With predictions of an impending recession becoming louder and louder, more companies are seeking ways to reduce expenses and protect their profits. Often, some of the first things to go are human resources programs like leadership and diversity training.
Nearly three years after the mass protests that shook the U.S. in 2020 — brought on by the death of George Floyd at the hands of a white police officer — the country has made some progress toward healing from deep-seated racial divisions.
Part of this healing comes from company-driven diversity, equity, and inclusion (DE&I) initiatives, which aim to ensure that everyone has an opportunity to succeed, regardless of their gender or ethnicity.
As companies see a greater sense of calm in their workforce, cutting back on DE&I programs can be tempting. After all, businesses need to reduce expenses, and DE&I may appear to be less necessary than it was several years ago.
However, we’re still making the case for DE&I. Here are several reasons why.
When an organization initiates a new DE&I program, as thousands of companies have over the past few years, it takes time to see results. It isn’t easy to develop new hiring practices that favor diverse candidates and ensure that all qualified applicants get a fair shake in the hiring process.
Most companies don’t have mass hiring events unless they open a new location or scale their business. So while diversity in the workplace may be increasing, the going is slow. New, diverse workers trickle into existing organizations, making a slight wave in a vast ocean.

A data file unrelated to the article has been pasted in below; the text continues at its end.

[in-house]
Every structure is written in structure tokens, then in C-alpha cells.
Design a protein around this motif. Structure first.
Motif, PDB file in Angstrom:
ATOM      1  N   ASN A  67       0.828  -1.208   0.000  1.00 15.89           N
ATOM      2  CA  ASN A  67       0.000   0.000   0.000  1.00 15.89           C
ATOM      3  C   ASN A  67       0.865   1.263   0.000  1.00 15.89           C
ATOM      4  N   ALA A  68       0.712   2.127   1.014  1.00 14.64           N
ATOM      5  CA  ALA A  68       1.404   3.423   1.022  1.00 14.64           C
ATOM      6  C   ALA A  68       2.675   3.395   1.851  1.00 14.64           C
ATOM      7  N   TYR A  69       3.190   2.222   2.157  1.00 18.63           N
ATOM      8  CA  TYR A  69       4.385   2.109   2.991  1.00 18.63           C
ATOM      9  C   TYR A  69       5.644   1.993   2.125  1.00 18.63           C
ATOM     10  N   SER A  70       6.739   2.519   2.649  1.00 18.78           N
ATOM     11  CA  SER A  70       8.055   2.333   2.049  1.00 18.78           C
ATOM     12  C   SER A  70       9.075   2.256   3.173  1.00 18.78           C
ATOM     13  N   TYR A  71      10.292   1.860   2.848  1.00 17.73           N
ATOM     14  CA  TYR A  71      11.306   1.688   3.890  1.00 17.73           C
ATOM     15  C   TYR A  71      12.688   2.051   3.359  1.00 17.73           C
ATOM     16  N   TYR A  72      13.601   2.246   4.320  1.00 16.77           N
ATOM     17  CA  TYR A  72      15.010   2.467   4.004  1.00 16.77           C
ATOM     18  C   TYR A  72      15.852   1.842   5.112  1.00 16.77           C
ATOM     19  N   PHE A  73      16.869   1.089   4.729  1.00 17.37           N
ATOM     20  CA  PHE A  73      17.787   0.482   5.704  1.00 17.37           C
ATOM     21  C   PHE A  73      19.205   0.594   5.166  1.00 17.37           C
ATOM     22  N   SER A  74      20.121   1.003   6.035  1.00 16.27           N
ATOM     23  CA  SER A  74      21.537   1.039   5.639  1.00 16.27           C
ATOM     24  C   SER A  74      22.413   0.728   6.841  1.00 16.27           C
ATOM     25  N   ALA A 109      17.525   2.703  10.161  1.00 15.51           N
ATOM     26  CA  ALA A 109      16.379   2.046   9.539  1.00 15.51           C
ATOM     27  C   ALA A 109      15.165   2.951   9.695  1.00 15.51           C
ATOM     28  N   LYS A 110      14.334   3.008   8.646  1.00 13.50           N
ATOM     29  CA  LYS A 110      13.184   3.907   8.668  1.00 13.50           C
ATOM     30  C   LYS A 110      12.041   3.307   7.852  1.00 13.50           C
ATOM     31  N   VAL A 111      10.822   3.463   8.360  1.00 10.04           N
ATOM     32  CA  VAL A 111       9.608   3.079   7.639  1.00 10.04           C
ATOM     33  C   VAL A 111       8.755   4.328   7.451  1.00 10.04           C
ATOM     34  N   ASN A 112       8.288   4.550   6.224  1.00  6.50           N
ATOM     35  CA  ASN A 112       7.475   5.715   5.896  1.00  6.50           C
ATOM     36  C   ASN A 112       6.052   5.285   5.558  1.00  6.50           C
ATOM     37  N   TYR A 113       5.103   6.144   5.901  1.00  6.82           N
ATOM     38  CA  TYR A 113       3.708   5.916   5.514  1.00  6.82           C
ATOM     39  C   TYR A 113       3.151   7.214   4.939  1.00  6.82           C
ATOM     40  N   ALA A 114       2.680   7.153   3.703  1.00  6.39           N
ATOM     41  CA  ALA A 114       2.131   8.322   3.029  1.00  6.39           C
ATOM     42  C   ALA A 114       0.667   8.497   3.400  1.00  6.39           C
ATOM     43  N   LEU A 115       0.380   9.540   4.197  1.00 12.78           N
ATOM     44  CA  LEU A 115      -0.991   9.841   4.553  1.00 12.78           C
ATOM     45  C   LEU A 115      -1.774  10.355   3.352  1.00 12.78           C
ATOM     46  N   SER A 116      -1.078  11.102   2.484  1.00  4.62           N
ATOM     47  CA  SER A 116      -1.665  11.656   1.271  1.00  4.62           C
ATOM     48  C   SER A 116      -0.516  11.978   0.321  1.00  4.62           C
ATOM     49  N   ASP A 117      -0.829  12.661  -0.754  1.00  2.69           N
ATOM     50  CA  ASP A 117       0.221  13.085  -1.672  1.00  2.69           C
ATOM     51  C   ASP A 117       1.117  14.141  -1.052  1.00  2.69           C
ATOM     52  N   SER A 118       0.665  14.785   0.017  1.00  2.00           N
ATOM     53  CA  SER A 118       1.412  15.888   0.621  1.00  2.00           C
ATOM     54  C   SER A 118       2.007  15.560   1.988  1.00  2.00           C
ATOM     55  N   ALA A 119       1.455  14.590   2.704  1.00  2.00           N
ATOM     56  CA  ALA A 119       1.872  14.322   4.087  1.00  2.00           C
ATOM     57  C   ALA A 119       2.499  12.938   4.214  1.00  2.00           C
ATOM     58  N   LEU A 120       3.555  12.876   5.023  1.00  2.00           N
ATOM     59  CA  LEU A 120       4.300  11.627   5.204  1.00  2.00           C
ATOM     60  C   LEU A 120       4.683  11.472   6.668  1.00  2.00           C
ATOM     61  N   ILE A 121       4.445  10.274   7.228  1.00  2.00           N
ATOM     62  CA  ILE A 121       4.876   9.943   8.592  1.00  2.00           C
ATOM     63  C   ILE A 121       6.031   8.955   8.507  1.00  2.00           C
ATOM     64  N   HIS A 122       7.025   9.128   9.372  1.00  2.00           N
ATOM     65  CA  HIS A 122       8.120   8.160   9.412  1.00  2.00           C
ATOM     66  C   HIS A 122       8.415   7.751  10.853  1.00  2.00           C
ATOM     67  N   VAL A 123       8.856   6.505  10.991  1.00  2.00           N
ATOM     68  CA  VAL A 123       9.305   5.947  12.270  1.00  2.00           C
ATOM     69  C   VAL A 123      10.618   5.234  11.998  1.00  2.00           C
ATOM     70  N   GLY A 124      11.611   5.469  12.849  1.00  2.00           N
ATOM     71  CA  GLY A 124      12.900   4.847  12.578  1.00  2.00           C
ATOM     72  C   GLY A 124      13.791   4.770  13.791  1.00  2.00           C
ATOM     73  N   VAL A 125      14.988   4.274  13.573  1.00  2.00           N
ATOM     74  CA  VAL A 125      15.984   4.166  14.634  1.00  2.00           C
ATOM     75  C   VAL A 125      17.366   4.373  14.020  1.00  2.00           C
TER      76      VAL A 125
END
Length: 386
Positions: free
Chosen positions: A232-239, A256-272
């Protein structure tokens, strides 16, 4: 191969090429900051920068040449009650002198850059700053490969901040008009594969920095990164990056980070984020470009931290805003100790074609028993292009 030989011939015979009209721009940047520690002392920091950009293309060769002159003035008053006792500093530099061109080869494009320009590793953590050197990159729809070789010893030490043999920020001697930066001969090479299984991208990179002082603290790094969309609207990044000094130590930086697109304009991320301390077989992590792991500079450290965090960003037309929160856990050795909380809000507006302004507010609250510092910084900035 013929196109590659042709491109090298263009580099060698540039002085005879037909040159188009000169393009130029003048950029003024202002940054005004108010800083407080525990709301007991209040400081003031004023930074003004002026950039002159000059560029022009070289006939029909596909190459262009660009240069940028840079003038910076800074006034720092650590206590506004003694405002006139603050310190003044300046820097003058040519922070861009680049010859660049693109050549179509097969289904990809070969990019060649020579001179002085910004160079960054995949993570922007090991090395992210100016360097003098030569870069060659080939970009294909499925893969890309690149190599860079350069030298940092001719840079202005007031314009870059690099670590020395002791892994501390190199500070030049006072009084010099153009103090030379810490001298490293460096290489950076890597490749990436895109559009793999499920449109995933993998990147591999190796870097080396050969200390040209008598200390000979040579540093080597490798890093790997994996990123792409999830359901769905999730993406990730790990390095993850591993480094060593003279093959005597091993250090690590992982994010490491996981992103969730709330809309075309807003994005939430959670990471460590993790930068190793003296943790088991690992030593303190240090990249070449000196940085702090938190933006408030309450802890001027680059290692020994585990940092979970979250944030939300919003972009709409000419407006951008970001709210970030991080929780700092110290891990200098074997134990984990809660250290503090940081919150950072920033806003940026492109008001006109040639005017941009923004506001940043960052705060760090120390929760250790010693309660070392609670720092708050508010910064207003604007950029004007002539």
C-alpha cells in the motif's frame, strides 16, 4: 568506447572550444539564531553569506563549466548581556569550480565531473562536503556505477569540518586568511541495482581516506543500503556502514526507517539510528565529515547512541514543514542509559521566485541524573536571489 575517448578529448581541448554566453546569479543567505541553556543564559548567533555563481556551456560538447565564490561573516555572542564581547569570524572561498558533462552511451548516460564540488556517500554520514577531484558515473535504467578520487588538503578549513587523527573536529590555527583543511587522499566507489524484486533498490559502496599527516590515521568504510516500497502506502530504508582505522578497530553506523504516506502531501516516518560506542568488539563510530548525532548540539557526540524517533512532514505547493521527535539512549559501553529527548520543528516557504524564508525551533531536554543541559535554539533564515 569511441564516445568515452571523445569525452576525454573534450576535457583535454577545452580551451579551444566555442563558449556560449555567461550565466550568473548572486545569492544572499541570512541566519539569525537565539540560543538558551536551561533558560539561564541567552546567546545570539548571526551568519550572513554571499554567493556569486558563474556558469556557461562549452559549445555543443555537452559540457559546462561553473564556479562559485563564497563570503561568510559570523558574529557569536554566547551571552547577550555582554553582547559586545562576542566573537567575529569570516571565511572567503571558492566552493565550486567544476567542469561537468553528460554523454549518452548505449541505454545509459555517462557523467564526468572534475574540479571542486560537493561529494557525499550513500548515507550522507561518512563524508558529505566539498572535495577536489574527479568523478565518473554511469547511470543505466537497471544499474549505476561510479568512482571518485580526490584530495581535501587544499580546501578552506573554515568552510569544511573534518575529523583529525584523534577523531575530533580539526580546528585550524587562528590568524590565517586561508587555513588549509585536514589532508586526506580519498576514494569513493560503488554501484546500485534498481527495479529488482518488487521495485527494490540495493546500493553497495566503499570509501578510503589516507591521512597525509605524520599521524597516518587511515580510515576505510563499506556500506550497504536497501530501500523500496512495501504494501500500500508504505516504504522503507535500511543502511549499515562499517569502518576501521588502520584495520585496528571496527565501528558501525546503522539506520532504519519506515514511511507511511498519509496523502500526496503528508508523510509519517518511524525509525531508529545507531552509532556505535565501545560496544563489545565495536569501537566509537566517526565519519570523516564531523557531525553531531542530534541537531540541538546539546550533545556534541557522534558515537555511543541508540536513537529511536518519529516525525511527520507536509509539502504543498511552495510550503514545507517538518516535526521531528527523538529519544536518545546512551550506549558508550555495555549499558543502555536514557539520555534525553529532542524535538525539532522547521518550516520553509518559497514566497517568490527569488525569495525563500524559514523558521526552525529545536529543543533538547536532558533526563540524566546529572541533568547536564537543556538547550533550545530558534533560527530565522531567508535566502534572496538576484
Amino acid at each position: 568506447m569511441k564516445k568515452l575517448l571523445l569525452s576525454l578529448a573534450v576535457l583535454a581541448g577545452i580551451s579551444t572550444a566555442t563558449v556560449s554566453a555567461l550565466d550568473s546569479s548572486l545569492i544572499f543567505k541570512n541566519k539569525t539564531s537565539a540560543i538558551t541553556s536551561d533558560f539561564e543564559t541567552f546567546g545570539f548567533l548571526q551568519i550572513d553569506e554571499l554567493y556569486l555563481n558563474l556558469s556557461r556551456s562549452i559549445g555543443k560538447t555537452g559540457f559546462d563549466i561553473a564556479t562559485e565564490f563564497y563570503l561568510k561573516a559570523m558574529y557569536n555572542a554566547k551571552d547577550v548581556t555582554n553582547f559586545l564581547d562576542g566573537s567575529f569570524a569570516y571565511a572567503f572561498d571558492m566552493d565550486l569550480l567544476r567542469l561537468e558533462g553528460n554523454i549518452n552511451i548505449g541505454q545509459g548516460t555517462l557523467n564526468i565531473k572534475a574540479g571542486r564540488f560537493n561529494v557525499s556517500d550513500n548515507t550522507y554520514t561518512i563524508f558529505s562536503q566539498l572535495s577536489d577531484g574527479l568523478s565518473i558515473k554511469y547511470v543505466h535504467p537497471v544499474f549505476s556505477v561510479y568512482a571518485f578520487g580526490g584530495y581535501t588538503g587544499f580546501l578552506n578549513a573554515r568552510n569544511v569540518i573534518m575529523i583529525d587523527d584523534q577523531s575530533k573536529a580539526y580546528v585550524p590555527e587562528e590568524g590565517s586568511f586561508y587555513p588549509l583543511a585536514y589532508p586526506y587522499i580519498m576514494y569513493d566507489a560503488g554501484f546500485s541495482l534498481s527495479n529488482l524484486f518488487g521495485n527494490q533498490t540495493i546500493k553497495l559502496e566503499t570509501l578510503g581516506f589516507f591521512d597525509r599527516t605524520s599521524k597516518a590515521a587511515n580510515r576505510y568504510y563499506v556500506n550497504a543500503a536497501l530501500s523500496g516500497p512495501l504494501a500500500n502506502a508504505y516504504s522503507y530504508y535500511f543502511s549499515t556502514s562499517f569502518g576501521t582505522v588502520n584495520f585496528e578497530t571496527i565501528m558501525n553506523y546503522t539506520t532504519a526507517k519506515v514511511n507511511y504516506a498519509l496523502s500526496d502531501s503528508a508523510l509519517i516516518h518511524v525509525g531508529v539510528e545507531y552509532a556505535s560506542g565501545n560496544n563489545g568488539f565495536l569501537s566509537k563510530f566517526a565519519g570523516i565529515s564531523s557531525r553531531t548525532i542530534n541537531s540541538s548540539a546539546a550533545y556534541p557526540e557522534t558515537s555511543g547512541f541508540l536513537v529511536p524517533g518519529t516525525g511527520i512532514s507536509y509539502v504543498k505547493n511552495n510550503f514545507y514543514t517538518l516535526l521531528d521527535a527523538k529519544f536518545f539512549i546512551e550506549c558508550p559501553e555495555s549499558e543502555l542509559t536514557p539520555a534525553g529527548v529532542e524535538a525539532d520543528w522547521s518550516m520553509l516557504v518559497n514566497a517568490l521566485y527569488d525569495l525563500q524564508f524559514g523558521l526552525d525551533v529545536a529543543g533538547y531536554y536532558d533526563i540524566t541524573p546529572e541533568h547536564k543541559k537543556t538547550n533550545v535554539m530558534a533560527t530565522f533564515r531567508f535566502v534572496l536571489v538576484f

With time, DE&I efforts pay off. The workforce will begin to reflect American demographics rather than being overly dominant in one ethnicity, color, or gender. However, in the meantime, companies must stick to their objectives and continue to welcome people from varying backgrounds.
The mass protests across the U.S. in 2020 had one rallying cry: equality for everyone, regardless of race or other demographics. People weren’t willing to accept politicians’ calls for peace — they wanted real change. Many made this demand known through ongoing demonstrations that sometimes grew violent.
If companies put their DE&I initiatives on the back burner, who is to say that they won’t see the same type of strife again? Typically, in a recession, the people who feel the most significant impact are already disadvantaged — often individuals of color. Financial turmoil hits their pocketbooks and makes it much more difficult to afford basic needs for their families.
People with the same qualifications as those of other backgrounds should have an equal chance to build their careers and care for their families. Companies shouldn’t stop their DE&I hiring and promotion initiatives simply to save a few dollars. If this is done on a large scale, it could have severe repercussions for small and large communities.
Everyone has biases. Some people recognize their biases and can counter them when they arise. Others lack self-awareness and don’t realize when they’re acting in a manner that isn’t inclusive to others.